The practice of withholding retainage is a controversial topic. Owners want to incentivize the proper completion of the contract, while contractors and material suppliers are hungry for consistent cash flow. Many states have imposed regulations to govern this practice on construction projects, and Washington is no different. However, Washington state offers some unique solutions to subcontractors looking to get their hands on the money they’ve earned. Let’s take a look at the specific requirements under the Washington retainage laws.
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Washington retainage laws overview
The Washington retainage laws are found in Wash. Rev. Code §§60.28.011 and 39.08.010. These provisions only cover public works projects, which are any contracts for work, construction, alteration, repair, or improvement other than the ordinary maintenance executed at the cost of the state or of any municipality. On the other hand, retainage on private projects within the state of Washington is unregulated.
Amount of retainage
The maximum amount of retainage allowed to be withheld on a public works project is 5% of the contract amount. This goes for contracts between the public entity and the prime contractor, as well as any other subcontract under the same project. These amounts are required for the maintenance of a trust fund, which is designed to pay any claims that arise under the contract.
There is one exception to this limit. If the contract is for $150,000 or less, then the retainage rate withheld can be more. The public entity and the general contractor, contractor, or construction manager can agree to different terms. They can decide to forgo the bond requirements, then the contract can provide for 10% retainage withheld.
The contractor has three different options when it comes to the retainage funds. The withheld payments can either be held by the public body themselves, deposited into an interest-bearing account, or placed in escrow.
The prime contractor may choose to submit a bond for a portion or all of the retainage amount. If the public body accepts the substitution of a bond, the contractor must accept similar bonds from their subcontractors.
Release of retainage
After the completion of all the contract work, the contractor can submit a request for the full release of retainage withheld. Once the request is received, the public agency then has 60 days to release the funds. Once a prime contractor receives retainage funds they, in turn, have 10 days to pass on the proportion of retainage withheld from any subcontracts.
Releasing retainage before completion
The ultimate problem with subcontractors and retainage is waiting until completion of the entire project in order to get paid. Particularly those that perform their work in the preliminary stages. Think about it, someone called in to do foundation work would have to wait until the project is completely closed out to get the remaining 5% of the contract price. In an industry with razor-thin margins, this can cause all sorts of problems. Thankfully, as mentioned above, the Washington retainage laws are very favorable to subcontractors in regards to this problem. Here’s where the Washington retainage laws get particularly interesting.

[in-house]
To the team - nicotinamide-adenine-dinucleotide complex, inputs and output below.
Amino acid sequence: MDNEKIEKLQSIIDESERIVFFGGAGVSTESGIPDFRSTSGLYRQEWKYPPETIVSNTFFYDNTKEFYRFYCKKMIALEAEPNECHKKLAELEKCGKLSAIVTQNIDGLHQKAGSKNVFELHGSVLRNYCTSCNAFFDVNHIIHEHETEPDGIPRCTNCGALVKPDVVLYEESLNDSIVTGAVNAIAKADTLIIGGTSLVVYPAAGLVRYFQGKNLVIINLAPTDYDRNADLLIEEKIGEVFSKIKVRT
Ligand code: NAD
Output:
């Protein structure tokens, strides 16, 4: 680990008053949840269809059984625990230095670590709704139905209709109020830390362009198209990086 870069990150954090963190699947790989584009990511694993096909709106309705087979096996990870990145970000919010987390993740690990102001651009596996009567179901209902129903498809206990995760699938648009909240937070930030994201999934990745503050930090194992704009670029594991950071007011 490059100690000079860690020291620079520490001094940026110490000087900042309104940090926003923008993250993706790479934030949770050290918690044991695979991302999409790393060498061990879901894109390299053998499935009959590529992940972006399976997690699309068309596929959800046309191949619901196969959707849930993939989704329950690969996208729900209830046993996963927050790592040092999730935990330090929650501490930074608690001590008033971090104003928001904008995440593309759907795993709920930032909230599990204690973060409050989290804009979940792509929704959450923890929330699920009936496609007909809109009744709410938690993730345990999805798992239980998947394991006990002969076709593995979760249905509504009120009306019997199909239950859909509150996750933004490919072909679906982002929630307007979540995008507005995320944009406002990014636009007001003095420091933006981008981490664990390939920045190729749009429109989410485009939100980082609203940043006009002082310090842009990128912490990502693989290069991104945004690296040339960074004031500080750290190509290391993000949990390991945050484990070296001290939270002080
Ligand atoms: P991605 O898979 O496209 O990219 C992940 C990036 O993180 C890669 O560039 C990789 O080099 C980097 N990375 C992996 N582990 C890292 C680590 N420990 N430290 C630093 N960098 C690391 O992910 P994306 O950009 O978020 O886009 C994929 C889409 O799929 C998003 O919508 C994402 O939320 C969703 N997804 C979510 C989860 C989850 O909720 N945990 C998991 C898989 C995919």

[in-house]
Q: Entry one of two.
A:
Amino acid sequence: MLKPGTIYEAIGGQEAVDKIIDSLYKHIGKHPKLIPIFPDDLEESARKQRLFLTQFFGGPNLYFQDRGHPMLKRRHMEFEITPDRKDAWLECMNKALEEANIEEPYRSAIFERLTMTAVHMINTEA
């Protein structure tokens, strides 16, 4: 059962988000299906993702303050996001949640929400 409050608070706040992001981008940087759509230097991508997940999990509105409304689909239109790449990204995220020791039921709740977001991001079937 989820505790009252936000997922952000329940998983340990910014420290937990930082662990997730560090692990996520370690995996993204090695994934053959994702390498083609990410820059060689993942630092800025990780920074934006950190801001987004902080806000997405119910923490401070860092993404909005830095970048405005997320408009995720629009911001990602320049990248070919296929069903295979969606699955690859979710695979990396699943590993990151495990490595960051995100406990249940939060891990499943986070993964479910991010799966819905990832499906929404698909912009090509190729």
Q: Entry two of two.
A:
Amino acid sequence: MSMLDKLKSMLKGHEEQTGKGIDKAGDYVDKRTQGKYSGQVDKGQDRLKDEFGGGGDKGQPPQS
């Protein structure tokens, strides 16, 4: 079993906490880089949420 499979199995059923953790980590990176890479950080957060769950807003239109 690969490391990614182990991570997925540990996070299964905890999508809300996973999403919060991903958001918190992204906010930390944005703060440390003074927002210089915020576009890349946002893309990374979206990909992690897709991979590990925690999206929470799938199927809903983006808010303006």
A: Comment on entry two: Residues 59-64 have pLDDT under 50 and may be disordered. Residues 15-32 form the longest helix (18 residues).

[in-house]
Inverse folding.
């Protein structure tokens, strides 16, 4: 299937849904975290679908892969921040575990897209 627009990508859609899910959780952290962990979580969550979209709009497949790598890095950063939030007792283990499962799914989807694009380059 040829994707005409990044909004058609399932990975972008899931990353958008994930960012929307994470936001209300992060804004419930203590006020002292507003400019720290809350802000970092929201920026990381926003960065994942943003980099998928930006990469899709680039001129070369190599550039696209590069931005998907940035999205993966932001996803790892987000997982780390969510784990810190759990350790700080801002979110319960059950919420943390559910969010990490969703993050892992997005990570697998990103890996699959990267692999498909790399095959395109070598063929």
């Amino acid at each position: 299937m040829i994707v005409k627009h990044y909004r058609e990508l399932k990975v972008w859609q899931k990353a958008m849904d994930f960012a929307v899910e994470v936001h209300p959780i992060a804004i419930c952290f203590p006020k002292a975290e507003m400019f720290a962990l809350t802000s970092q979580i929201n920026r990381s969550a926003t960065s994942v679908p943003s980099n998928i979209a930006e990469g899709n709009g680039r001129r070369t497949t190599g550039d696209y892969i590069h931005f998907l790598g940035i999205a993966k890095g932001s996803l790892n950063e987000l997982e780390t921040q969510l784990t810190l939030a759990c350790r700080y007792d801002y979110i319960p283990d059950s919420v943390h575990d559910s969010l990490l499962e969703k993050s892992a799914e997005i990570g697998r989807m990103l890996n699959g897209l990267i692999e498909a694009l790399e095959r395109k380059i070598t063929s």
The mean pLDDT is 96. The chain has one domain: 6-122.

Completion before the halfway mark
If the work under a subcontract is performed completely, and satisfactorily within half the time provided in the general contract, the subcontractor can request retainage directly from the public entity. At their discretion, they can accept completion of the subcontract. The public entity will then provide notice of final acceptance to the GC and are required to release the retained funds within 45 days.
Compelling the GC to post a retainage bond
After the changes imposed in 2017, subcontractors have the ability to receive retainage earlier by posting a retention bond. A subcontractor on a project can compel a GC to submit a bond to the public entity relating to the sub’s portion of retainage.
To do so, the subcontractor must, not only post a bond with the GC but also pay their portion of the bond premium that the GC will post with the public entity. Once a request is submitted to the general contractor by the subcontractor, the GC is required to provide the bond within 30 days. However, the statute provides that the GC can deny the sub if; (1) the sub refuses to pay their portion of the bond premium, (2) the sub refuses to provide the GC with a retainage bond, or (3) the bond isn’t commercially available.
Retainage can be a pain, but it’s commonplace on almost every construction project. Given the inherent risk of abuse involved with retainage practices, there must be some sort of regulation. Thankfully, Washington retainage laws on public works contracts provide many options for subcontractors trying to collect retained payments early; thereby shifting leverage to the hands of the subs to ensure they are paid the full amount they’ve earned.
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